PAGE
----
Especially after conceding early on, La Viola were the more attack-minded team. They ended up creating 12 shots with five of them being on target. Thanks to Handanovic’s four saves, that Inter didn’t concede more goals. Not only Fiorentina were allowed to create more positional attacks, but their efficiency was higher than their opponents. Fiorentina would catch Inter on a counter too often (six times), as one out of the six led to La Viola’s equaliser. Nerazzurii’s defenders would fail to outrun their opponents.
Fiorentina were vulnerable in the cases Inter increased their pace and used 2-3 passes to deliver the ball further too. They would sometimes fail to drop the additional men to the backline and be left defending with three players against the skilful Lautaro and Lukaku.
After the opening goal, knowing Fiorentina’s attacking abilities, Inter had to sit back in their own half. They were able to focus on defending, having the lead, but they allowed the opposition to comfortably sit in their half, which they didn’t take that for granted. They were keen on creating as many opportunities as possible. In their pursuit of that goal, they focused on sending many crosses to the box (33) making deep runs on the box, mainly thanks to Chiesa. Their low accuracy though didn’t allow them to convert them into goals.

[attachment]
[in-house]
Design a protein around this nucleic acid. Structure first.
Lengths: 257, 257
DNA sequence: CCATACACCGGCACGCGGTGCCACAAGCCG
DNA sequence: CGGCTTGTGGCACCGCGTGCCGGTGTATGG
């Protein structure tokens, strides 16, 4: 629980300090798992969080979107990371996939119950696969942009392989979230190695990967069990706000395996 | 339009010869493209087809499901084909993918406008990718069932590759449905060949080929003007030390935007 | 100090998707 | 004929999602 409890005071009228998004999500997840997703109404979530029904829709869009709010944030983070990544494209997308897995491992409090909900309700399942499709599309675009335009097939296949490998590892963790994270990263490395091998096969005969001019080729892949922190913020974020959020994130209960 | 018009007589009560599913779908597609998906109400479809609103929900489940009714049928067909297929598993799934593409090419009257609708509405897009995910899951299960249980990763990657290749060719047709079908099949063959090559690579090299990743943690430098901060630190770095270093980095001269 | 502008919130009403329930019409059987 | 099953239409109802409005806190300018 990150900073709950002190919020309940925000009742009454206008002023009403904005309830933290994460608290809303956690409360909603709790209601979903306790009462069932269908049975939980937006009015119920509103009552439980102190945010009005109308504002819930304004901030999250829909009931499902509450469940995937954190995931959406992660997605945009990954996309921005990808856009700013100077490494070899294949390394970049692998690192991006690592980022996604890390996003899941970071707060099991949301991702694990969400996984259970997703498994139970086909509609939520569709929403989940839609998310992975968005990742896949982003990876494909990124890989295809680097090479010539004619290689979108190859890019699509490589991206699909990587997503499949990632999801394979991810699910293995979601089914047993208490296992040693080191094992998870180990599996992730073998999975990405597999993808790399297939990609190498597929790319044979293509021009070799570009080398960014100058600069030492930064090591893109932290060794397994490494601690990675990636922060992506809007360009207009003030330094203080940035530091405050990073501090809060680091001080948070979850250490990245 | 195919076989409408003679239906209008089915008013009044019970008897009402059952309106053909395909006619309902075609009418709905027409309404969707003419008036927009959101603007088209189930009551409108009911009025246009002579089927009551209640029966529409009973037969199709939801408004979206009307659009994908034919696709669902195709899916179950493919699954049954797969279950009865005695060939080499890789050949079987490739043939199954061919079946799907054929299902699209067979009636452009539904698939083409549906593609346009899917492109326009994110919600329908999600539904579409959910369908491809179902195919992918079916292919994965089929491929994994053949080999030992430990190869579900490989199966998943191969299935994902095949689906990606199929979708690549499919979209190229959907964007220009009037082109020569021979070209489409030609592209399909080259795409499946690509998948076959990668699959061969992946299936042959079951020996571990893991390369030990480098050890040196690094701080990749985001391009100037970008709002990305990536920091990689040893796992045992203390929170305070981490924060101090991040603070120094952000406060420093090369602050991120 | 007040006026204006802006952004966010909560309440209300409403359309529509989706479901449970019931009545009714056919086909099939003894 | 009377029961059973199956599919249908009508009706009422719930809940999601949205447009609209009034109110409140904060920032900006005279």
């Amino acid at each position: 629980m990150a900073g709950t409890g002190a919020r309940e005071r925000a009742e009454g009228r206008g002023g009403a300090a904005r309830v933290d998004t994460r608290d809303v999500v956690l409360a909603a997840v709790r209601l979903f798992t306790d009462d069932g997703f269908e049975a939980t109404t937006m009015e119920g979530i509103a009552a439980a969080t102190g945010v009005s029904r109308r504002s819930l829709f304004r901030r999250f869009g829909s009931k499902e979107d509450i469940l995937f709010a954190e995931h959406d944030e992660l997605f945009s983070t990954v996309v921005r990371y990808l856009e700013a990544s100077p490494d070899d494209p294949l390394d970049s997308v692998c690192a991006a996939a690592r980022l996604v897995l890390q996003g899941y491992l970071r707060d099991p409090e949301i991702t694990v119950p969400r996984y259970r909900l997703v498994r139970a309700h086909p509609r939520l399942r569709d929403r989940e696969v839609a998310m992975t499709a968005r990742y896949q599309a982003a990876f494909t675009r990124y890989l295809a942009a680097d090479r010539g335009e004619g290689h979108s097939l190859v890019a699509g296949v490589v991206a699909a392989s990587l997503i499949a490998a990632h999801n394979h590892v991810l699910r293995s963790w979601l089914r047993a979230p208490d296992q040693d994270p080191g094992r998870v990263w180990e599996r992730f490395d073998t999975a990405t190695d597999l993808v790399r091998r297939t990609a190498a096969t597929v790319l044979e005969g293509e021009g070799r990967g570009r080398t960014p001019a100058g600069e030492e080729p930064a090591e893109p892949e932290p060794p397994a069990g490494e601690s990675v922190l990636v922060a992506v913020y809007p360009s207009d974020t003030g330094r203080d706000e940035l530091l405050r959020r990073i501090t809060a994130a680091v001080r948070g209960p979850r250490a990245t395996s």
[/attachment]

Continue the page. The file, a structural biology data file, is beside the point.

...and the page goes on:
Due to Inter’s low block at times, Fiorentina attempted many long shots (54% of their shots came from outside the box). They were trying to reach the goal shooting from distance and their average shot distance was 19,38m compared to Inter’s 10,75m.
Inter’s lack of control and awareness
Obviously, Fiorentina performed better in their offensive duels, but the more impressive is that even though they committed many players up front, they didn’t neglect their defensive responsibilities. The hosts won more than half of their defensive duels (56,25%) compared to Inter’s 41,51%.
Both teams split the possession and there was a good amount of precise passing, but what tilted the scales was Fiorentina’s time in the opposition half. It was really important for their confidence on the ball and allowed them to use their strong off the ball movement to deliver the ball to the final third and threaten the goal. Their main approach was opening gaps in the box by stretching Inter’s defensive line out wide.
Inter lost the ball in their own half on a few occasions and a whole six of them ended with their opponents’ shooting. Fiorentina would successfully recover the ball thanks to smart positioning and measured pressing duels.
There are some players that made the difference for La Viola. Pezzella’s limited but accurate actions helped the team both defensively and in their build-up. He made impressive 23 recoveries in his own half, saving the team from a lot of trouble. He also tried contributing with long balls who allowed them to catch Inter off guard. Dalbert’s high positioning was important for the team to be able to cover the wings but also send players in the central areas. He contributed with 13 crosses.
There is no room for concern over Inter’s performance and talking about them losing momentum would be too soon. They do need to be careful against teams with clear attacking strategy and skilful attacking players since they find a way to exploit the littlest of spaces and have the ability to move around in a way to create those spaces on their own.
When it comes to Fiorentina, they once again failed in converting their chances into goals, which costs them a lot. They could have comfortably taken the lead on a few occasions, but they need to work on their crossing accuracy and timing.